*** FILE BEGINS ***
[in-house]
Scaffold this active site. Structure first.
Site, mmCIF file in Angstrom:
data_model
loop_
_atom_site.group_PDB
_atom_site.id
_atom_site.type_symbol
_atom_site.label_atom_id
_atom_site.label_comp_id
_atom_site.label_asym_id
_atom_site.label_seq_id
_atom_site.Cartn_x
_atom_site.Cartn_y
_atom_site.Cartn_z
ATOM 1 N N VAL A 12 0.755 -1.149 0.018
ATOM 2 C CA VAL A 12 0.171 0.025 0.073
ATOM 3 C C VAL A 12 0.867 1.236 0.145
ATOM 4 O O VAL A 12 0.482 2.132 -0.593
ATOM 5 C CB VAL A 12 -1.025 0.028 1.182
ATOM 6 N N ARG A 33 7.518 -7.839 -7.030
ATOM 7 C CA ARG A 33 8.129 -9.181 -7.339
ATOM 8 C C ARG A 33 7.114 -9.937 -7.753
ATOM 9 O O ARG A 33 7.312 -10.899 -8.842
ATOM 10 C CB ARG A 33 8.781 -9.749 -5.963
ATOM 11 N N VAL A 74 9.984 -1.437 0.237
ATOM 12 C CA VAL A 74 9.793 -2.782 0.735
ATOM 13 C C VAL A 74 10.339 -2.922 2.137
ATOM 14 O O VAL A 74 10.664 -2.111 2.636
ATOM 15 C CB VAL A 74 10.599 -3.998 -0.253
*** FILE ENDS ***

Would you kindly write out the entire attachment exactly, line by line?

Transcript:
[in-house]
Scaffold this active site. Structure first.
Site, mmCIF file in Angstrom:
data_model
loop_
_atom_site.group_PDB
_atom_site.id
_atom_site.type_symbol
_atom_site.label_atom_id
_atom_site.label_comp_id
_atom_site.label_asym_id
_atom_site.label_seq_id
_atom_site.Cartn_x
_atom_site.Cartn_y
_atom_site.Cartn_z
ATOM 1 N N VAL A 12 0.755 -1.149 0.018
ATOM 2 C CA VAL A 12 0.171 0.025 0.073
ATOM 3 C C VAL A 12 0.867 1.236 0.145
ATOM 4 O O VAL A 12 0.482 2.132 -0.593
ATOM 5 C CB VAL A 12 -1.025 0.028 1.182
ATOM 6 N N ARG A 33 7.518 -7.839 -7.030
ATOM 7 C CA ARG A 33 8.129 -9.181 -7.339
ATOM 8 C C ARG A 33 7.114 -9.937 -7.753
ATOM 9 O O ARG A 33 7.312 -10.899 -8.842
ATOM 10 C CB ARG A 33 8.781 -9.749 -5.963
ATOM 11 N N VAL A 74 9.984 -1.437 0.237
ATOM 12 C CA VAL A 74 9.793 -2.782 0.735
ATOM 13 C C VAL A 74 10.339 -2.922 2.137
ATOM 14 O O VAL A 74 10.664 -2.111 2.636
ATOM 15 C CB VAL A 74 10.599 -3.998 -0.253